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Andrew Eaton-Lewis: Most towns don’t have an Alasdair Gray or an Alex Kapranos to make a fuss

Polymath Alasdair Gray in his flat in the West End of Glasgow. Picture: Robert Perry

Polymath Alasdair Gray in his flat in the West End of Glasgow. Picture: Robert Perry

GLASGOW’S artists, writers and musicians made so much noise about the new Criminal Justice and Licensing Act last weekend that you could be forgiven for thinking the law was only going to affect that city, rather than the whole of Scotland. It took four more days for the rest of the country to wake up to what is potentially a bombshell for the arts.

In case you missed all this, as of 1 April this year all exhibitions will need to pay for public entertainment licences, even if they’re free and in a temporary space. If rigorously enforced, this law could destroy grassroots culture as we know it in Scotland – not just art but comedy, music, poetry readings, film screenings, parties, and any other events put on by people who want to express themselves, experiment, create a scene and inspire and entertain those around them, but who don’t have the money to shell out over £100 per event for an entertainment licence, or the time to get bogged down in weeks of bureaucracy.

It’s easy to see why Glasgow woke up to the problem first. Much of the city’s cultural identity, in recent years, has been built upon its world-renowned DIY art and music scene. Franz Ferdinand famously played their first gigs in a derelict warehouse called the Chateau, which staged gigs and exhibitions that were talked about internationally – and not just because of the Franz connection.

The Chateau went on to become part of the Glasgow International art festival, as did numerous artists and curators who had found their feet by putting on shows in whatever free spaces they could find, from disused shops to their own homes.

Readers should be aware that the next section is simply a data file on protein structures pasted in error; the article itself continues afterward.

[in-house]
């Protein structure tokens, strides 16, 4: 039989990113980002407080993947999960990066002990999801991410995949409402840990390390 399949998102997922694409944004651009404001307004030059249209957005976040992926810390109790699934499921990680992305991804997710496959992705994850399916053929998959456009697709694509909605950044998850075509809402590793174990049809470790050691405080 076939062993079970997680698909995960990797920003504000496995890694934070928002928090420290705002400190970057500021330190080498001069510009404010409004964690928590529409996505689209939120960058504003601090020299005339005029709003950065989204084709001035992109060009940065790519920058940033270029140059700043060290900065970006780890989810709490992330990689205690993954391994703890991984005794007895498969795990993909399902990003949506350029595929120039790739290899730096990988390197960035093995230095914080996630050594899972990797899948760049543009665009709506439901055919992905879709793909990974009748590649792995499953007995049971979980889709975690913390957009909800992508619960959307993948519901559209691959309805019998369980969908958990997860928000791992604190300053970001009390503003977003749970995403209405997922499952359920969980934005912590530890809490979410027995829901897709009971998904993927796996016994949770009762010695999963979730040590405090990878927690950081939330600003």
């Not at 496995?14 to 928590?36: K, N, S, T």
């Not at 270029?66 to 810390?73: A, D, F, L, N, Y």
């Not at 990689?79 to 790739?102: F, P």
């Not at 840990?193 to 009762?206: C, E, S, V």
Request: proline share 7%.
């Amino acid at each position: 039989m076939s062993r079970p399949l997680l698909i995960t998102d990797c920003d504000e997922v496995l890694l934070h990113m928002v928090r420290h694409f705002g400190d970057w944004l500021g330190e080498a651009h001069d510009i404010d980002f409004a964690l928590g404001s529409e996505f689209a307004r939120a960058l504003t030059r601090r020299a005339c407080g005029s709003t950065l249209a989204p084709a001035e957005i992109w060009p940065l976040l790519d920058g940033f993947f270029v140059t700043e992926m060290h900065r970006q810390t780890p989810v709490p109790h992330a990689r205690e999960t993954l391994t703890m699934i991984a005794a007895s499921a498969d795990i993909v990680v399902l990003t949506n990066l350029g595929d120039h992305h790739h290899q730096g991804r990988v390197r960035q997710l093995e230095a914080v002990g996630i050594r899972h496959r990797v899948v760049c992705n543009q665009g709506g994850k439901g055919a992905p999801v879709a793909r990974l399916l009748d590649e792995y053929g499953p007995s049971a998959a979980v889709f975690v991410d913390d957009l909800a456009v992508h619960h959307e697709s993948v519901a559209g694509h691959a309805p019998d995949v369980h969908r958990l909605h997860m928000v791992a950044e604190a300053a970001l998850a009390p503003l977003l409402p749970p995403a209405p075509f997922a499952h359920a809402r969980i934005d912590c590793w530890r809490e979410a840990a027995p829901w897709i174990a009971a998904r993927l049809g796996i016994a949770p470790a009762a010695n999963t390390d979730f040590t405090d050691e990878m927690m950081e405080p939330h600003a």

The sense of community and possibility created in a place like this, where Turner Prize winners and famous bands mingle informally with a younger generation of artists and musicians, passing on knowledge and contacts, is one of the main reasons why the city’s artists are so successful.

Glasgow City Council seems to recognise the value of this and looks as if it will take steps to protect it. This, hopefully, will set a precedent for decisions made across the rest of Scotland. At time of writing a national campaign is gathering pace, having begun not in Glasgow but Edinburgh, a city whose artists know all too well how difficult it is to create a thriving grassroots scene, as venues constantly close to make space for offices or flats.

Please support this campaign. Most towns don’t have an Alasdair Gray or an Alex Kapranos to make a big public fuss. Instead, they need emails and letters to councillors. Lots of them. So write one.

 

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